Then, the CPU 30 uses the width w and the viewing angle θ of the image sensing device 743 to calculate the distance d between the markers 8L and 8R and the image sensing device 743 (the controller 7) (step 83; see FIG. 16), and exits the subroutine. The CPU 30 calculates the distance d based on the following relationship.
tan(θ/2)=(w/2)/d=w/2d
In the expression, the viewing angle θ is a fixed value, and is therefore stored in advance in the storage means (not shown) in the video game device 3.

Referring back to FIG. 13, after calculating the distance d in step 62, the CPU 30 defines an effective range according to the distance d (step 63), and proceeds to step 64. As will later be more apparent, the effective range is defined by the length Lr, the front end position min and the rear end position max. For example, the CPU 30 defines an effective range so that the distance d obtained in step 62 coincides with the center of the effective range, the front end position min or the rear end position max.

In step 64, the CPU 30 calculates the direction data Db1 from the first position data Da1 to the second position data Da2. Specifically, the CPU 30 refers to the first position data Da1 and the second position data Da2 to calculate a vector extending from the first position data Da1 to the second position data Da2. Then, the CPU 30 stores the calculated vector data in the main memory 33 as the direction data Db1. Based on the difference between the direction data Db1 and a predetermined reference direction, it is possible to calculate the rotation about an axis extending in a direction perpendicular to the image-capturing surface of the controller 7.

The CPU 30 also calculates the middle point data Db2 representing the middle point between the first position data Da1 and the second position data Da2. Specifically, the CPU 30 refers to the first position data Da1 and the second position data Da2 to calculate the position (coordinates) of the middle point. Then, the CPU 30 stores the calculated middle point position data in the main memory 33 as the middle point data Db2. In the illustrated example, the middle point data Db2 represents the position of the target image (the markers 8L and 8R) in the captured image. Based on the difference between the middle point data Db2 and a predetermined reference position, it is possible to calculate the change in the image position caused by the change in the position of the controller 7.

Then, the CPU 30 uses the first position data Da1 and the second position data Da2 to calculate the distance d, and stores the distance d in the main memory 33 as the distance data Db3 (step 65). Then, the CPU 30 proceeds to the next step. The distance d is calculated in a similar manner to that described above with reference to FIGS. 14 and 16, and thus will not be further described below.

Then, the CPU 30 calculates the forward/backward position parameter r and re-defines the effective range (step 66), and proceeds to the next step. Referring now to FIGS. 15, 17A and 17B, the details of the process of calculating the forward/backward position parameter and re-defining the effective range will be described.

First, the effective range will be described. The effective range as used herein refers to a range defined for the position of the controller 7 with respect to a reference. A value based on the position of the controller 7 with respect to the effective range is given to the video game program and used in the game process. In the present embodiment, the distance d from the markers 8L and 8R to the tip of the controller 7 is used as the value representing the position of the controller 7. Therefore, the effective range is defined with respect to the distance d, with the lower limit of the effective range being 0 and the upper limit thereof being 1. A value between 0 to +1 according to the position of the controller 7 in the effective range is selected as the value according to the position of the controller 7. For example, the width of the effective range is determined to be a width across which the player can reasonably swing the controller 7 held in the player's hand without moving the feet, e.g., about 10 cm to about 40 cm. For example, where the width of the effective range is 30 cm and the distance between the markers 8L and 8R and the initial position of the controller 7 is 1 m 15 cm, the effective range is defined to be 1 m to 1 m 30 cm in terms of the distance from the markers 8L and 8R. Then, the value 0.5, representing the position at a distance of 1 m 15 cm, is used in the game process. While the effective range is defined in the illustrated example so that its center coincides with the position of the controller 7, the present invention is not limited thereto, and the effective range can be defined in any manner as long as the initial position of the controller 7 is included therein.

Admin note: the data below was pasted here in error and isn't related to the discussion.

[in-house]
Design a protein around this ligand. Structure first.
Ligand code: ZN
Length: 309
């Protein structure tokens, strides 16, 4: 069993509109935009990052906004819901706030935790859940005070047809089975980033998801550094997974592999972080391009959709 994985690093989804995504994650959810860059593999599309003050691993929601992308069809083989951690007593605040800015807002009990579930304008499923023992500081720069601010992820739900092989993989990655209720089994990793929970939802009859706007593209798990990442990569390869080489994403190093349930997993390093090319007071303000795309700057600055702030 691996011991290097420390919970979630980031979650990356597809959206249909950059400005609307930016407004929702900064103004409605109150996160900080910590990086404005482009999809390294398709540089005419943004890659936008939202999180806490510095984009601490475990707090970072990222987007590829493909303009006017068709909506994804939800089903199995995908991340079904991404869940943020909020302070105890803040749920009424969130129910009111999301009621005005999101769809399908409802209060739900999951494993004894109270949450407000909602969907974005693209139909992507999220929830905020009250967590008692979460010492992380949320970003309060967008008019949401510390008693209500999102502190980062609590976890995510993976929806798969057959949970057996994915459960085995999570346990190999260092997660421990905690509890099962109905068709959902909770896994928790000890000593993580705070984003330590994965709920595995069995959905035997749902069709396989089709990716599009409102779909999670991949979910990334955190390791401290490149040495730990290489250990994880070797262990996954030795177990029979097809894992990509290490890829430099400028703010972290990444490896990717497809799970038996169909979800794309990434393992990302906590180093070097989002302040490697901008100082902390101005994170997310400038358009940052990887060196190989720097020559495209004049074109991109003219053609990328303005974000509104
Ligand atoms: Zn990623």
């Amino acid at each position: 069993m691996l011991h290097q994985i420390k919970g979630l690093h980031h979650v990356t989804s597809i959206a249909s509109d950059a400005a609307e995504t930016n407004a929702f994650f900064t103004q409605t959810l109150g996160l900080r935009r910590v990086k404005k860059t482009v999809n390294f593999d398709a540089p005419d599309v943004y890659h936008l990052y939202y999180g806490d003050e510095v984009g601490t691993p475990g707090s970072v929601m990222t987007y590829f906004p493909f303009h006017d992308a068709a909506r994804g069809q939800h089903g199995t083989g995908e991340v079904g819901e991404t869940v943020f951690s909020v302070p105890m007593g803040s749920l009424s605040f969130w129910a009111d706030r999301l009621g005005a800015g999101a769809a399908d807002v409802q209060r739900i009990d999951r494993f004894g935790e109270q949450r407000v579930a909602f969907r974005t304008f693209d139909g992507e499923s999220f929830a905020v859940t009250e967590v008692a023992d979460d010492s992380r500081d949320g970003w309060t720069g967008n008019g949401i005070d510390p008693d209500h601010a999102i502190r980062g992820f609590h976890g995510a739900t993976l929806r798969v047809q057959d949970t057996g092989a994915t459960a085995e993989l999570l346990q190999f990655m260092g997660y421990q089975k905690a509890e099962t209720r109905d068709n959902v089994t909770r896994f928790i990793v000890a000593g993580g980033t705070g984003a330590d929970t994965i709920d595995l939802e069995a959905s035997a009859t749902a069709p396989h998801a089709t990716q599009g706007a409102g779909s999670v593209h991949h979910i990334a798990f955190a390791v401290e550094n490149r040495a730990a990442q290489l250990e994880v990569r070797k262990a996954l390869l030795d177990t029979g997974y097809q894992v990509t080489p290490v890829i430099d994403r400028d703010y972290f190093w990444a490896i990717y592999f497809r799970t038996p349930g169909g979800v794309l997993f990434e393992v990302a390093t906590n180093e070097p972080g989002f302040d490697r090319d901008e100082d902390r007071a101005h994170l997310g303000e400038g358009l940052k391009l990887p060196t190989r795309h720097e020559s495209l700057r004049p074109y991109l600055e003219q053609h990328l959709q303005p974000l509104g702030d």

This will now be described in greater detail with reference to FIGS. 17A and 17B. First, FIG. 17A shows a case where a player U moves the controller 7 forward and backward with respect to the markers 8L and 8R. In FIG. 17A, “d” denotes the distance from the markers 8L and 8R to the controller 7, and “d1”, “d2”, “d3”, “d4” and “d5” each denote the distance from the markers 8L and 8R to the tip of the controller 7. FIG. 17B shows a positional relationship between the effective range and the controller 7, and shows how to obtain the value (the forward/backward position parameter) r to be used in the game process in that position. In the figure, Lr is the width (length) of the effective range, min is the front end position (the distance from the markers 8L and 8R to the closest end of the effective range), and max is the rear end position (the distance from the markers 8L and 8R to the farthest end of the effective range), wherein Lr=max−min. In the present embodiment, the effective range is defined so that the forward/backward position parameter r is calculated to be 0 when the controller 7 (strictly speaking, the image sensing device 743) is located at the effective range front end position min. The forward/backward position parameter r is calculated to be 1 when the controller 7 is located at the effective range rear end position max. The forward/backward position parameter r is calculated to be a value between 0 and 1 according to the position of the controller 7 when the controller 7 is between the front end position min and the rear end position max of the effective range. When the player holding the controller 7 moves the controller 7 forward/backward beyond the effective range, the effective range is instantly moved so that the new position of the controller 7 is the front end position min or the rear end position max.